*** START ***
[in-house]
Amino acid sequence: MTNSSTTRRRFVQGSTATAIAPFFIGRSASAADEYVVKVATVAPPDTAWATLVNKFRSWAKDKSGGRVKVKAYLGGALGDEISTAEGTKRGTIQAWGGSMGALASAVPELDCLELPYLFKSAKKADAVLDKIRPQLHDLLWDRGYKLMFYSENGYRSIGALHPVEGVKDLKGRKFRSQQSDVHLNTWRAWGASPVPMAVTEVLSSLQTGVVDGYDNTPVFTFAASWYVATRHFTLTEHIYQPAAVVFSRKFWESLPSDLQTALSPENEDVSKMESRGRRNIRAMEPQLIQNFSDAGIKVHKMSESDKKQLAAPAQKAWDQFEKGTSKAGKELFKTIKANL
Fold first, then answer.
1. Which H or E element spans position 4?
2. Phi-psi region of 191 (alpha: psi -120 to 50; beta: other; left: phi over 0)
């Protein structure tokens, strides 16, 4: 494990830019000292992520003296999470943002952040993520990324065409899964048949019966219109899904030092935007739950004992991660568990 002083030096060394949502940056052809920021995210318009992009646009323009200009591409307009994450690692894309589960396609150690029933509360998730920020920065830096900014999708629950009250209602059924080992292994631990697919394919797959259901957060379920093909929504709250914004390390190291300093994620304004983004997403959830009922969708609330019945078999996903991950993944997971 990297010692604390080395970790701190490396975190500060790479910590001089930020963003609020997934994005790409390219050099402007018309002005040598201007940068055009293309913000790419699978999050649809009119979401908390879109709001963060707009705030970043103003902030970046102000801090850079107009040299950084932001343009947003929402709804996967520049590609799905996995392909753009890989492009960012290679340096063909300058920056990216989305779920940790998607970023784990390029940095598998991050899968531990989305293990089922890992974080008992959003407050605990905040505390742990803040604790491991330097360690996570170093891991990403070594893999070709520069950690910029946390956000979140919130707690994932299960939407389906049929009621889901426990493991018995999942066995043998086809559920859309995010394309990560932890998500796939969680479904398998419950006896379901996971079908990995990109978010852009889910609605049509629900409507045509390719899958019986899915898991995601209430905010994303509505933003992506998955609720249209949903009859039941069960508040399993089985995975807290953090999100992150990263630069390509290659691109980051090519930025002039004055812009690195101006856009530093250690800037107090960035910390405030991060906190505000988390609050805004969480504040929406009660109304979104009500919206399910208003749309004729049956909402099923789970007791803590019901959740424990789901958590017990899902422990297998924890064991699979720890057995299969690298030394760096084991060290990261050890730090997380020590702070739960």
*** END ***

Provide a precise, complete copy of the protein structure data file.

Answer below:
[in-house]
Amino acid sequence: MTNSSTTRRRFVQGSTATAIAPFFIGRSASAADEYVVKVATVAPPDTAWATLVNKFRSWAKDKSGGRVKVKAYLGGALGDEISTAEGTKRGTIQAWGGSMGALASAVPELDCLELPYLFKSAKKADAVLDKIRPQLHDLLWDRGYKLMFYSENGYRSIGALHPVEGVKDLKGRKFRSQQSDVHLNTWRAWGASPVPMAVTEVLSSLQTGVVDGYDNTPVFTFAASWYVATRHFTLTEHIYQPAAVVFSRKFWESLPSDLQTALSPENEDVSKMESRGRRNIRAMEPQLIQNFSDAGIKVHKMSESDKKQLAAPAQKAWDQFEKGTSKAGKELFKTIKANL
Fold first, then answer.
1. Which H or E element spans position 4?
2. Phi-psi region of 191 (alpha: psi -120 to 50; beta: other; left: phi over 0)
């Protein structure tokens, strides 16, 4: 494990830019000292992520003296999470943002952040993520990324065409899964048949019966219109899904030092935007739950004992991660568990 002083030096060394949502940056052809920021995210318009992009646009323009200009591409307009994450690692894309589960396609150690029933509360998730920020920065830096900014999708629950009250209602059924080992292994631990697919394919797959259901957060379920093909929504709250914004390390190291300093994620304004983004997403959830009922969708609330019945078999996903991950993944997971 990297010692604390080395970790701190490396975190500060790479910590001089930020963003609020997934994005790409390219050099402007018309002005040598201007940068055009293309913000790419699978999050649809009119979401908390879109709001963060707009705030970043103003902030970046102000801090850079107009040299950084932001343009947003929402709804996967520049590609799905996995392909753009890989492009960012290679340096063909300058920056990216989305779920940790998607970023784990390029940095598998991050899968531990989305293990089922890992974080008992959003407050605990905040505390742990803040604790491991330097360690996570170093891991990403070594893999070709520069950690910029946390956000979140919130707690994932299960939407389906049929009621889901426990493991018995999942066995043998086809559920859309995010394309990560932890998500796939969680479904398998419950006896379901996971079908990995990109978010852009889910609605049509629900409507045509390719899958019986899915898991995601209430905010994303509505933003992506998955609720249209949903009859039941069960508040399993089985995975807290953090999100992150990263630069390509290659691109980051090519930025002039004055812009690195101006856009530093250690800037107090960035910390405030991060906190505000988390609050805004969480504040929406009660109304979104009500919206399910208003749309004729049956909402099923789970007791803590019901959740424990789901958590017990899902422990297998924890064991699979720890057995299969690298030394760096084991060290990261050890730090997380020590702070739960």